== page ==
I set myself out, instead, to head home to lounge with mom and pop, eat Chef Frere's exquisite food, educate my little sister on getting past puberty (now that I think I'm finally over it myself), and, of course, keep a little extra coin in my pocket. I was unreasonably enthusiastic to visit the prosaic prairies, to relax, and sleep in my high school hideout. And then, come July, to rent a flat in Prague, and stroll along the promenade for a month or two. Sleeping in, and drinking Czechvar until I slept again. And I wasn't ever planning to go it alone.

But now, it seems, I am―right here.

Since Sunday, I've hastefully been arranging interviews―of the summer job sort, people pointing the mic at me instead of the school year's opposite―in hopes of earning checks to cover my coffee for next school year, instead of a plane ticket to anywhere the hell outta here. I've stopped trying to sell off my room to some stranger. My little sister will stay stuck to fend for herself at the dangerous age of thirteen. No one will be left to scarf Mike's leftovers at ungodly hours. For me, it's more concrete, more city, more same ol', just with the addition of some occasional sunshine. Those had better be some damn happy rays or I'll be carrying S.A.D. with me all through this sorry summer.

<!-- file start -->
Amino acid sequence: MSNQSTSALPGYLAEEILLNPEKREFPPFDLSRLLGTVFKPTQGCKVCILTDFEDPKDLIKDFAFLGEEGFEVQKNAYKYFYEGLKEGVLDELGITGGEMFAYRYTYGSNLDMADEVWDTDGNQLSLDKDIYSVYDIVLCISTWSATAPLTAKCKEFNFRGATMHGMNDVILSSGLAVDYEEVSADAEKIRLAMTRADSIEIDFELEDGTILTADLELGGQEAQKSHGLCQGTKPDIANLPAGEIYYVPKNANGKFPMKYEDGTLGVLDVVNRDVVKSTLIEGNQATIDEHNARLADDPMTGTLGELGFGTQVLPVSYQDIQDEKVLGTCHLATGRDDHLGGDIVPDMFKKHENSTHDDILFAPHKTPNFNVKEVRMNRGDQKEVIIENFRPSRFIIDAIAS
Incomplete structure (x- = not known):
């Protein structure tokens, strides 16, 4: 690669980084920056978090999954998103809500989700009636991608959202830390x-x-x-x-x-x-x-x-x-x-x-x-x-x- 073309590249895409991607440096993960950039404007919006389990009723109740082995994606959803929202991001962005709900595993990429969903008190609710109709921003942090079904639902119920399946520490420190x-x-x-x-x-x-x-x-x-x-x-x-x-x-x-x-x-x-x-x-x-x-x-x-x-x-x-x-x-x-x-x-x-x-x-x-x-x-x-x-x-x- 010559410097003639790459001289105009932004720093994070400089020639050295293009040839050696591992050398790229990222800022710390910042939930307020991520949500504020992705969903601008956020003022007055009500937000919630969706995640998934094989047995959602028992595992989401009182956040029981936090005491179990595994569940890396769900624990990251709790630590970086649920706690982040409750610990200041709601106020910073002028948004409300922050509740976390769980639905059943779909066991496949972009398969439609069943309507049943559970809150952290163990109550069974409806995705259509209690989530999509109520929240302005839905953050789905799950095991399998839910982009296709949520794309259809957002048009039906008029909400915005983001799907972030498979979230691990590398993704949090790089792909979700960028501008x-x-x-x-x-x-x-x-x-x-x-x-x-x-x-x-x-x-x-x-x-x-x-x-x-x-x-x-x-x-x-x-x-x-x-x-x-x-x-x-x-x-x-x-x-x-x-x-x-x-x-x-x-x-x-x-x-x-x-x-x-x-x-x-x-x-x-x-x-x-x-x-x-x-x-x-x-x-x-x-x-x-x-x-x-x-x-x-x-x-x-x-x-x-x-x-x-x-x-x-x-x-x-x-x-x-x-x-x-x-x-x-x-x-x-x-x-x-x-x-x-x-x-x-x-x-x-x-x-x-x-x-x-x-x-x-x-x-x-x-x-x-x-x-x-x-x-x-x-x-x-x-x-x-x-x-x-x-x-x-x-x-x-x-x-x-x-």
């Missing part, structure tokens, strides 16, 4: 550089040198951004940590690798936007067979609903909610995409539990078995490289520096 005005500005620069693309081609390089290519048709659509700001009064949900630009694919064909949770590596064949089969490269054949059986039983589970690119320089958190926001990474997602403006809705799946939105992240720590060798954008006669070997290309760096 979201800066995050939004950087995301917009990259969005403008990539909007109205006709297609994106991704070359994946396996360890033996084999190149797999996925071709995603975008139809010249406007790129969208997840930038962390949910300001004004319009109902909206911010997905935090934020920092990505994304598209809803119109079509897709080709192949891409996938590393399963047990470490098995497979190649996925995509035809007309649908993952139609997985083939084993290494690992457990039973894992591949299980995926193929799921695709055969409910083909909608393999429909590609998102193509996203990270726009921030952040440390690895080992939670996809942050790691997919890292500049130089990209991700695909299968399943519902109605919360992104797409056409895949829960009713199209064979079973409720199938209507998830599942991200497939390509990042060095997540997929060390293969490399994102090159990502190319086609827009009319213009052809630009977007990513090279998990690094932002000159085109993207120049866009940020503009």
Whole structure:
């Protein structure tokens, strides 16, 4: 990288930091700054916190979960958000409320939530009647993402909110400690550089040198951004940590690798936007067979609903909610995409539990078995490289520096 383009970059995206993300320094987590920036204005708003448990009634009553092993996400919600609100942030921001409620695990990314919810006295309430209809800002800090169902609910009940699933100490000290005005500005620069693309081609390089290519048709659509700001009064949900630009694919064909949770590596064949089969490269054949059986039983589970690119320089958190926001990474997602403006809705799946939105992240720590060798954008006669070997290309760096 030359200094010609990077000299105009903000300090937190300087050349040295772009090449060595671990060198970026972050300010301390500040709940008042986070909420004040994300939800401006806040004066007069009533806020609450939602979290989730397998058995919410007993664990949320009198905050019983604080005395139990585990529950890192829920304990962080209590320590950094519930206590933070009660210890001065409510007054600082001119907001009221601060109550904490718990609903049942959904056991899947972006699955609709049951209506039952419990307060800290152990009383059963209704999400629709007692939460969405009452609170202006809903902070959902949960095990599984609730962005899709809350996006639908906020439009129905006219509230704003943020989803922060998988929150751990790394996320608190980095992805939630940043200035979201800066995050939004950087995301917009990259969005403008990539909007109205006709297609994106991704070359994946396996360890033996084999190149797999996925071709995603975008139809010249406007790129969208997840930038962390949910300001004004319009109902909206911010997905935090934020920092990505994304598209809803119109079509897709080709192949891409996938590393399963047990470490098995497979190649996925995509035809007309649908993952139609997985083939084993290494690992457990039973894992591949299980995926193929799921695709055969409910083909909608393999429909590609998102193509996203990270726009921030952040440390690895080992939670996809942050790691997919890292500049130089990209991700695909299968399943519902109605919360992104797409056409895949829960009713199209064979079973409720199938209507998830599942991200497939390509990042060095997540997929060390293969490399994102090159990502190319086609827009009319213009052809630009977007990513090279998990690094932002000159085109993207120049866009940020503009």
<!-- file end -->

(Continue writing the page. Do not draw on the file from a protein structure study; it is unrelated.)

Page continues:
Thursday, April 2, 2009


is wishing all of her blogs were just 140 characters, so she could blog more.

Saturday, March 7, 2009

Drug wars: Last glance at Mary Jane

After a debacle like this, I was a little worried that the world's most lenient legislature was leading other nations in the wrong direction.

But just as the first signs of greens are showing outside, they're showing up in the news too. And when The Economist says it, you know it's true. And what better way to aid this thing called the recession? We (well I, by proxy) have a black president, we have gay marriage, and yet we still can't smoke da reefer without Harper upturning his pudgy nose. But the eternal question remains―can we do it in our lifetime? Roll a j from the rocking chair? Bring the bong to the retirement home bedside table? Smoke dope with the grandkids?

Yes we can.